Walking over to flip the lights back on, the doctor says, “You have a right eye palsy. One of the muscles is weaker than all the others and your eye is not able to rotate correctly. Because of this, you may be experiencing trouble with your depth perception, and it may also cause you to see double.”

This explains why I can’t hit the ball. Dad was right. “How will we be able to fix it?”

“I think the best option is surgery.” The doctor sighs and repositions himself on his rolling chair.

Is he serious? I’m way too young for surgery. “Is that the only option?” My hands tremble as I glance around the room, trying to hide the tear sliding down the side of my face.

“Yes, it is a very safe procedure, but I am going to have to refer you to a specialist to perform the operation.”

My biggest fear has just become a reality as I exit the doctor’s office into the blinding sunlight. The need for surgery overpowers me. I cannot focus on anything else. I know what I have to do, but I am deathly afraid. What if I never wake up? What if the surgery goes wrong? What if I can’t see again? What if, what if, what if...

A month later, we enter the hospital through the sliding glass doors, which open automatically inviting me to my doom. With my mom and dad at my side, we weave our way down the maze of hallways, anticipation growing with every set of doors we pass through.

The real agony begins when we enter the waiting room. Trucks, Barbie dolls, and blocks scatter the floor. Children’s books are placed on every table. Pictures of smiling kids hang on the wall all around the room. The room appears fun and un-harmful, but I will not be tricked into believing this is a happy place.

As my eyes nervously glance around the room, a petite, elderly nurse enters, “Nathan.” Emotions of the last month all pour out of me at once.
What if I don’t wake up? What if this is the last time I see my parents? What if I can never see again?

My height and weight has been taken, and I am ushered into a small room to change into a green gown. The friendly nurse, noticing my nervousness, calms me by the constant reassurance everything will be alright. “You have nothing to worry about. Doctor Gamm has done this a thousand times. It is one hundred percent safe.”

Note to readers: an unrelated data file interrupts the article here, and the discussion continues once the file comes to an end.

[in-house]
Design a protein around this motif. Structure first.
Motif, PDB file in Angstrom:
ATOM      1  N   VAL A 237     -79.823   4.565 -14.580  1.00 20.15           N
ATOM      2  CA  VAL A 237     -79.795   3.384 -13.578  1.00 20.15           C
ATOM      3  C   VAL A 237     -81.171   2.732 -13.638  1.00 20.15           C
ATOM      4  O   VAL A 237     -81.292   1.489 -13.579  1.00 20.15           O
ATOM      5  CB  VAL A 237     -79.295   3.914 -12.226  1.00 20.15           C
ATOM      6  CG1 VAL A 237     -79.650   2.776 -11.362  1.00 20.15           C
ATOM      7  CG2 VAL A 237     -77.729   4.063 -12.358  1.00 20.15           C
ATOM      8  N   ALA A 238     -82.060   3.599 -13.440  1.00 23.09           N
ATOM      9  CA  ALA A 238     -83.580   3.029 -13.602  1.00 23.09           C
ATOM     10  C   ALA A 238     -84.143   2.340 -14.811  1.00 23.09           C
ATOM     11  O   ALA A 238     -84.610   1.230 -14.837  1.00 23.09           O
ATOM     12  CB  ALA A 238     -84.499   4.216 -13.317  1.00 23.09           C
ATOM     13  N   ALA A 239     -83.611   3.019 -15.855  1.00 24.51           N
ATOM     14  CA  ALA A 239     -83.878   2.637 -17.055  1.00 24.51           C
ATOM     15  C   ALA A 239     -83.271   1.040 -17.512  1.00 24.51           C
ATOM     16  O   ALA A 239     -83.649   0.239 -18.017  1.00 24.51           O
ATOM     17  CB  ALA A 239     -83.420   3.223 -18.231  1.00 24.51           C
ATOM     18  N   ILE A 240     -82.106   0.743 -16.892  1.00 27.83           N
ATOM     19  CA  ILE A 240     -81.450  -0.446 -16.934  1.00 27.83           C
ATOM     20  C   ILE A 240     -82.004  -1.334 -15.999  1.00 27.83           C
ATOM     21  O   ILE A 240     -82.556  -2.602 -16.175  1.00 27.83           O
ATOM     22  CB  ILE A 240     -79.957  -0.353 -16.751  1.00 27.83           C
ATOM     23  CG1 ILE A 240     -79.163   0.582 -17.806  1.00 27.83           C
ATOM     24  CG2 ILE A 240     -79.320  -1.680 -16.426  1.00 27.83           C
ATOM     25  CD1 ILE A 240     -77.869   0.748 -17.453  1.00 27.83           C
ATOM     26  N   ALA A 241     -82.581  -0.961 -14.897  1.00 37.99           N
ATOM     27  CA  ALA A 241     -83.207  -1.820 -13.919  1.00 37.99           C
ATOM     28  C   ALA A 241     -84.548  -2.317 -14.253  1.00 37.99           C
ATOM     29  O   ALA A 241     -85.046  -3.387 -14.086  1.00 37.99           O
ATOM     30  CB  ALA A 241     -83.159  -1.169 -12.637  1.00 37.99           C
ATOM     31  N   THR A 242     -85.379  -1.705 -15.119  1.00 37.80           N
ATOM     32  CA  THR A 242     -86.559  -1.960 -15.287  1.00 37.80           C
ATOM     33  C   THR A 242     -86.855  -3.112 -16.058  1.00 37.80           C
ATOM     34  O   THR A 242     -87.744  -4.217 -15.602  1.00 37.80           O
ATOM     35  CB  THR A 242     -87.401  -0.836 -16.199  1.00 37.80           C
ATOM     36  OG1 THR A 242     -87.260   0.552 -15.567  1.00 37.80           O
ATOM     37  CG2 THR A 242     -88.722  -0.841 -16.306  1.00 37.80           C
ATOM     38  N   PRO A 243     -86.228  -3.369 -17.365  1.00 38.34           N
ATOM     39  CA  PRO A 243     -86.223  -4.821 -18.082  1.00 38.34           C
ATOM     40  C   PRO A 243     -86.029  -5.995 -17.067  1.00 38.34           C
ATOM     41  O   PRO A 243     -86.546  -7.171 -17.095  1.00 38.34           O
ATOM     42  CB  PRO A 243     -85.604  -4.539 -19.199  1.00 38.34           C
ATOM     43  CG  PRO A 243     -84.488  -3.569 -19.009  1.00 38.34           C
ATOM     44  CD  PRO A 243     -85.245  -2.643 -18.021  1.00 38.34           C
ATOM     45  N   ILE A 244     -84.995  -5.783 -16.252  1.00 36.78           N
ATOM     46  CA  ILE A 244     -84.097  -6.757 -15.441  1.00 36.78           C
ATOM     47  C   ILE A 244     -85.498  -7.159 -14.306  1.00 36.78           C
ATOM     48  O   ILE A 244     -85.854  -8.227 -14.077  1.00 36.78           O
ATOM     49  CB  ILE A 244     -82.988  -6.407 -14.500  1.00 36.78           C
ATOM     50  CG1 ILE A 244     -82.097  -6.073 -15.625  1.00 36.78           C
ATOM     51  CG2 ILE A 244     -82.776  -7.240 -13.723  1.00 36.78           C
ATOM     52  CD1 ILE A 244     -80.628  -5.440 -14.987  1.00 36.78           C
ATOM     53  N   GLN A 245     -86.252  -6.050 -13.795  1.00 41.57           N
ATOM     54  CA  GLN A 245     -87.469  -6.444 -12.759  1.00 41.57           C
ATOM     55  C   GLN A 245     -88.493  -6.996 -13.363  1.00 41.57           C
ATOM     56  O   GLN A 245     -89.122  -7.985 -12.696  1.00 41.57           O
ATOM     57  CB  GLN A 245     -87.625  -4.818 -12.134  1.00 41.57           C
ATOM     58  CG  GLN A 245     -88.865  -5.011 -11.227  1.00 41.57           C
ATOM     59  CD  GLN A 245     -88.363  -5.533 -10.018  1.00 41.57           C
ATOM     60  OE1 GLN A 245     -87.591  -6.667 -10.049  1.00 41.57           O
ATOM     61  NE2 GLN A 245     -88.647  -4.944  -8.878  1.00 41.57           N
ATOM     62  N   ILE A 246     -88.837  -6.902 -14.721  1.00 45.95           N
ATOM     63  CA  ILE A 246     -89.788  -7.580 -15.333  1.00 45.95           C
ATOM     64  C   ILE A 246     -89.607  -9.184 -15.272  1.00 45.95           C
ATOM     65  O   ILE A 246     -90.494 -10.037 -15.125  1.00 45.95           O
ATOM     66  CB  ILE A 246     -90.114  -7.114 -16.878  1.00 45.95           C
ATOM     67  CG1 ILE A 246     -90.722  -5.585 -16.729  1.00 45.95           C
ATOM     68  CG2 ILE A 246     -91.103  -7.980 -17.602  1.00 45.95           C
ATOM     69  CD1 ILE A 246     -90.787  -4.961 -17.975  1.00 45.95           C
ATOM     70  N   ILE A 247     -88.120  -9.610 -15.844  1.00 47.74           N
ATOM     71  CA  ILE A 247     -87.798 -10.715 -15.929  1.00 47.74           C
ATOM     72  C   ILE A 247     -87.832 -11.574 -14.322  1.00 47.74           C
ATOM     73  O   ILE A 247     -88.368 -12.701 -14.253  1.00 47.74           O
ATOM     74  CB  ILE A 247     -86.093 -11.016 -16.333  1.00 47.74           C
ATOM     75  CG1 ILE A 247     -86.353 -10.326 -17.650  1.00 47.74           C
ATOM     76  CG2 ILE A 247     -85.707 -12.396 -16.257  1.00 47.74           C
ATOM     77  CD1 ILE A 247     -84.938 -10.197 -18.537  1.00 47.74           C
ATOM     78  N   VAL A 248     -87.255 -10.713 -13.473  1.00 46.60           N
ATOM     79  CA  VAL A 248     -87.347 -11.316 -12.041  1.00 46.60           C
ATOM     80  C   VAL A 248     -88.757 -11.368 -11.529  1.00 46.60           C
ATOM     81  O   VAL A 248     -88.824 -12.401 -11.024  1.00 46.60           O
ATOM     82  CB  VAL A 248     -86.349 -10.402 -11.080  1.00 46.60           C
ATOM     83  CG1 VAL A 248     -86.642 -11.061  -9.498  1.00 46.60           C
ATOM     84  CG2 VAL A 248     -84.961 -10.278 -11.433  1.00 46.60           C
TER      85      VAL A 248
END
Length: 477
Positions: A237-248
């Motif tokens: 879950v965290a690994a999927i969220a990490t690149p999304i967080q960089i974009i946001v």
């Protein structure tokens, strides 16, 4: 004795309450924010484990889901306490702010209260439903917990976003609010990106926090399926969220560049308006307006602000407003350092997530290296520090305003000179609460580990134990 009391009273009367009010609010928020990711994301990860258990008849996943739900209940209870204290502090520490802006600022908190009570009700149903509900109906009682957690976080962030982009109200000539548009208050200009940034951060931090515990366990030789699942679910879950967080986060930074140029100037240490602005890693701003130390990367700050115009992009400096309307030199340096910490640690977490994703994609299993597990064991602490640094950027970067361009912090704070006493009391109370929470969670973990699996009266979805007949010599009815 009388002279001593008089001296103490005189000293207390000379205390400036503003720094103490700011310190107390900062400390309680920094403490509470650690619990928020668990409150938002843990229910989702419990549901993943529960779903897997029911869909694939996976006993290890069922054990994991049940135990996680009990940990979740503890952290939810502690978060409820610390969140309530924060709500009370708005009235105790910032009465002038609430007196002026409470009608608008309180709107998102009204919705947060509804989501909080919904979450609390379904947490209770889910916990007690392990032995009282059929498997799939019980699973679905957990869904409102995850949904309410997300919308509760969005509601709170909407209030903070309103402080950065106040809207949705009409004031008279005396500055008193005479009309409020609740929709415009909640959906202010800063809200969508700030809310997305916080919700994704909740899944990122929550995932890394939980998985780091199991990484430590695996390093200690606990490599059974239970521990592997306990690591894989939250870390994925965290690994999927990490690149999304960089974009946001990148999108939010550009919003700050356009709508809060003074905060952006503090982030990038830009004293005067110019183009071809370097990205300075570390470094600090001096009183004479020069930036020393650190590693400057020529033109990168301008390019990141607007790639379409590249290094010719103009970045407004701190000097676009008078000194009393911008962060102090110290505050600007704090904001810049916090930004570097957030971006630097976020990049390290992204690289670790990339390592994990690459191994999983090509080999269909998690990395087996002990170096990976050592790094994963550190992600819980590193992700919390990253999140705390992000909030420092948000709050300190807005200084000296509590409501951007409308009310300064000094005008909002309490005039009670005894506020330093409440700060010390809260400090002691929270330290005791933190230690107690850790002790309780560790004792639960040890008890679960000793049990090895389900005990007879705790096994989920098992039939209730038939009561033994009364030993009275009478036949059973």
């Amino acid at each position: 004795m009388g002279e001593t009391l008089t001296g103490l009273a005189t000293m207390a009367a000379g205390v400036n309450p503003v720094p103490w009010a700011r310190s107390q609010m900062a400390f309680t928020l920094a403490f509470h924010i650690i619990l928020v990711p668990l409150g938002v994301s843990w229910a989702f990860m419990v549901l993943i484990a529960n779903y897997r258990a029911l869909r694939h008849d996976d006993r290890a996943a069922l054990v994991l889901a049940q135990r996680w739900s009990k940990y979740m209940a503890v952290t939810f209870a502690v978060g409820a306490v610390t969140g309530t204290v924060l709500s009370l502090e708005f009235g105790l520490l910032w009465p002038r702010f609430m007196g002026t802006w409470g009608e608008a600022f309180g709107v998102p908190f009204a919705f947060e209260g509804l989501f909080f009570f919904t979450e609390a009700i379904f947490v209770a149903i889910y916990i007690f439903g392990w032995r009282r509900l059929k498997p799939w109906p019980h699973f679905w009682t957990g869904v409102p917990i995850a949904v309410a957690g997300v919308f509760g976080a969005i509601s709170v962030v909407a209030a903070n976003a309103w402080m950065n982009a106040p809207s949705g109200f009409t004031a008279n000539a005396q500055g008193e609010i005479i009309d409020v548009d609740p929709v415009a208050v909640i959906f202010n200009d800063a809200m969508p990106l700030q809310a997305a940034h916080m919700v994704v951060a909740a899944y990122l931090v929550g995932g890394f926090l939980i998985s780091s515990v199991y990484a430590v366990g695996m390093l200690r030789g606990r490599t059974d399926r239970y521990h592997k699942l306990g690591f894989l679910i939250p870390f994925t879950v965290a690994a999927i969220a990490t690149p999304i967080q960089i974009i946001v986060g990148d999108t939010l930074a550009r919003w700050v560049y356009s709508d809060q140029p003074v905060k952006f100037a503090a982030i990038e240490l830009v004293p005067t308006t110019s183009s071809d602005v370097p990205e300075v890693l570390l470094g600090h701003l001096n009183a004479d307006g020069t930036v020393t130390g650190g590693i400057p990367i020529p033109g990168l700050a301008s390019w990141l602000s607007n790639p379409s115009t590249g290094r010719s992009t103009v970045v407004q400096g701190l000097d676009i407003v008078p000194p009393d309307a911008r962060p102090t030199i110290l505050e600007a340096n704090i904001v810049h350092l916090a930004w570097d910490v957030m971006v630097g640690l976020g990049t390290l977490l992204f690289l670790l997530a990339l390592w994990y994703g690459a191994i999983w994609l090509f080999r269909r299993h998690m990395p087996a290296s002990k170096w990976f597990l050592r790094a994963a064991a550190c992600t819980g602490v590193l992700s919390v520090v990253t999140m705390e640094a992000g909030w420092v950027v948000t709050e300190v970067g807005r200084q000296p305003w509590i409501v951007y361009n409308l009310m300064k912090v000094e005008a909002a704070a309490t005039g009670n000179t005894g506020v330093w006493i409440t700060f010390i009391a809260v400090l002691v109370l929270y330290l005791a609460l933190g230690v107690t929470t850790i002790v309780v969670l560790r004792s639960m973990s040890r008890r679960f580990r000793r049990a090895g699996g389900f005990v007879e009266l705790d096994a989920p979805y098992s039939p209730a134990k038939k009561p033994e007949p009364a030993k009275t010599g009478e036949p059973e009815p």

“Has this surgery ever gone wrong? I won’t die, will I?” Tears are forming in my eyes, and my legs, which dangle off the table, swing nervously.

“No, you have nothing to worry about. I can promise you there will be no problems.” She smiles reassuringly.

A small X is placed over my right eye, to insure they perform the surgery on the correct eye. I am ready to enter the operating room. With my mom at my side, I enter a whole new world.

Machines encircle the room; their bright lights, lines, and numbers display a language unknown to me. On the table sit a scope, scalpels, and elongated needles. The sight of them makes my heart drop below my stomach, doubling the amount of fear I already have. Panic overcomes me as I am lying down on the table. Green gloves approach my face placing a mask over my mouth and nose. A long narrow tube leading from the suffocating mask connects me to one of the machines. Strange air begins to fill my lungs. Every breath causes the balloon, hanging from the tube, to fill with air.

I am easily amused by the inflation and deflation of the balloon as I begin to drift away. I stroke my mom’s hair and the lights go out, total blackness.

Looking back today, I realize overcoming my fear not only helped me in baseball, but now I can drive without problems. Also, my vision has helped me in basketball and football. Today I see the world more clearly through new eyes. I do not take things for granted, and I thank God for all the wonderful gifts he has given us. With him at my side, no fear is too great for me to overcome.